The walls of our house on the estate were thin. Growing up there meant regularly waking up in the dark, hearing Anni (my sister-in law) muffling her cries through the floorboards above me. As the crying went on, you would walk down the stairs and out the front door. You would not come back till the sun rose. I would always wonder where you had disappeared to. As you passed my bed I would look at your face. Study it to seek any sign of guilt. Though the shadows, acting as a façade, worked in your favour, I had no doubt that none of this appeared wrong to you.
Mother never talked about it. At least not to me. Neither did our brothers or sister, but there was no denying that they could hear it too. I remember one night after you walked out, our sister walked past me up the stairs, a metal bowl in her hand filled with oil. As I followed, she pushed me out of the room where Anni lay next to the bed curled into a foetus. She looked sore even in the dark, but what was vivid was what Acca (our older sister) said to her, for her comfort. ‘It’s okay Anni. Amma (our mother) said that it would hurt. That’s okay though. The more you suffer the more beautiful those babies will come out. Don’t think Anna (you, older brother) is a bad man. He’s good. He will look after you. With your beauty and pain my niece and nephew will be the most beautiful babies on this planet.’
To her surprise, my sister never had a niece or nephew. Our brother found Anni in the same foetus position I saw her in that night. Except her wrists were slit and her blood was drained along with the colour in her body. I had never seen a brown person so pale before, so blue before.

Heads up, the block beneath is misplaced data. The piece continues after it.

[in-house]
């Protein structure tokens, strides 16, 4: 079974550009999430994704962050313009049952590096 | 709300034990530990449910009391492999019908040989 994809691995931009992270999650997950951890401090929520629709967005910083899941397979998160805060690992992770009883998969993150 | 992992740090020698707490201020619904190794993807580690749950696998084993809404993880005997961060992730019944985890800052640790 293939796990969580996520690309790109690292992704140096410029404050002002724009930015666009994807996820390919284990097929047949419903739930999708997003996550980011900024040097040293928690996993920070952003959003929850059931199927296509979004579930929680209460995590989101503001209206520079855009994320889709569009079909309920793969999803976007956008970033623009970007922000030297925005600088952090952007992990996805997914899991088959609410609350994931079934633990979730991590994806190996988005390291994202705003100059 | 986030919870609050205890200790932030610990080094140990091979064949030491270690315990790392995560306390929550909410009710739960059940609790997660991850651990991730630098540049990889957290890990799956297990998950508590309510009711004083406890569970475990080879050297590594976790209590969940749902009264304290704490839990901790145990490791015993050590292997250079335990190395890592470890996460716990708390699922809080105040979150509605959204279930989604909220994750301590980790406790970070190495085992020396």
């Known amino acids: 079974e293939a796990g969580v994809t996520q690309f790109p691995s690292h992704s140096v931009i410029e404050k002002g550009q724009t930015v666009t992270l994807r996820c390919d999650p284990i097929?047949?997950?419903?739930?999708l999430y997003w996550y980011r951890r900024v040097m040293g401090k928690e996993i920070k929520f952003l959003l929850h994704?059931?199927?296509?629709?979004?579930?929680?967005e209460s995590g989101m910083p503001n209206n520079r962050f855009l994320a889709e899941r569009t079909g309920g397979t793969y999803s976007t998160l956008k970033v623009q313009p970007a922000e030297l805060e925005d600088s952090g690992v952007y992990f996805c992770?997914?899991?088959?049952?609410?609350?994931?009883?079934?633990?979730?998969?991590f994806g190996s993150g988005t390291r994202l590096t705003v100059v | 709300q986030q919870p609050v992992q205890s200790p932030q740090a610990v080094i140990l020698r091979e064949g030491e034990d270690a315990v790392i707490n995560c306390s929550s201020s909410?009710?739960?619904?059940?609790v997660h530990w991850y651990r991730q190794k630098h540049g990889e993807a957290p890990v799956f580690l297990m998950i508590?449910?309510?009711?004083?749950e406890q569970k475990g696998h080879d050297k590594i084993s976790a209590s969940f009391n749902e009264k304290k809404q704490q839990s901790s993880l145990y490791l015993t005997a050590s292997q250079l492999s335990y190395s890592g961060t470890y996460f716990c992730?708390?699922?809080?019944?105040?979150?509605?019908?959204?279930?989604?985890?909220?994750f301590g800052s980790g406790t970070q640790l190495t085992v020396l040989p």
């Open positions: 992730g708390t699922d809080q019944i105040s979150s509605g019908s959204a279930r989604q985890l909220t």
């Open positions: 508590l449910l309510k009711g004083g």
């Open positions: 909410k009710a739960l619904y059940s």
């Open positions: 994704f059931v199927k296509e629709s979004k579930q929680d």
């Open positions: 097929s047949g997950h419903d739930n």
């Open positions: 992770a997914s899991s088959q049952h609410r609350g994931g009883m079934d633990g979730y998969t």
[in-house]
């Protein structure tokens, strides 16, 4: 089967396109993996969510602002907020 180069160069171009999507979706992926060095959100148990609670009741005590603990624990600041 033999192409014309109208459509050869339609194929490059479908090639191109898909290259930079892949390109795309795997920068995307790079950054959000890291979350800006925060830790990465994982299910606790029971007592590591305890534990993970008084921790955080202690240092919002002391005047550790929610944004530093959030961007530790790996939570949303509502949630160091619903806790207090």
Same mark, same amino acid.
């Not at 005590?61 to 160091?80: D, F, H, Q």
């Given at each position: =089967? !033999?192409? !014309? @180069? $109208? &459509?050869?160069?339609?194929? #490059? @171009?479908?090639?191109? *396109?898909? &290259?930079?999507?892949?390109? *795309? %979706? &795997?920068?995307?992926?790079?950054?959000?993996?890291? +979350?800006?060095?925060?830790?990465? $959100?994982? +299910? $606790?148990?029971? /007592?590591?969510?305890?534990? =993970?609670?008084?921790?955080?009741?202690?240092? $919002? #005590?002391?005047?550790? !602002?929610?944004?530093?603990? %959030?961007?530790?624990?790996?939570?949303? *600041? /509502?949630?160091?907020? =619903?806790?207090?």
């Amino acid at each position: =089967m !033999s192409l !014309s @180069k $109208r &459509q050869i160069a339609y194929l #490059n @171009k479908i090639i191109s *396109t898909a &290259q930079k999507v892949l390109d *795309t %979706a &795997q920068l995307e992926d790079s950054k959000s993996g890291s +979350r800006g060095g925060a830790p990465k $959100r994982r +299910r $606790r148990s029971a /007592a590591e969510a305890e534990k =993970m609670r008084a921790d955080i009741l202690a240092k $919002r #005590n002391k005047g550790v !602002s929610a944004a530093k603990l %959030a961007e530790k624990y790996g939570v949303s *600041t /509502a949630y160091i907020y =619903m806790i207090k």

Part of me felt sorry for you, for your stupidity. You never understood why Anni decided to call quits on her life. I reckon she decided to call quits on your abuse. You got away with it anyway. Your so-called ‘fun-loving and kind’ nature vouched for you. Our entire family vouched for you. I never understood that.
I really wanted to talk to the police. The morning I brought it up at the table you pushed me down to the kitchen floor, whilst our father picked up a hot pan that had just boiled some tea in it. Our mother was screaming but was scared to come too close, for fear you may have killed me. The scar from where the hot tea trickled and scored into my back, reminds me, thirteen years on, of my short-sighted decision to not talk. Even now I think my young and naïve self was much better than the decision I made that day.
Now you are gone, leaving behind those who would lie for you, I wonder how you walk in the world around you today. I wonder how the world treats you back. I wonder if you know the difference between right and wrong, lust and pain, sex and rape. I just can’t help but wonder if you’re a safer man.
From your Thangachi (younger sister)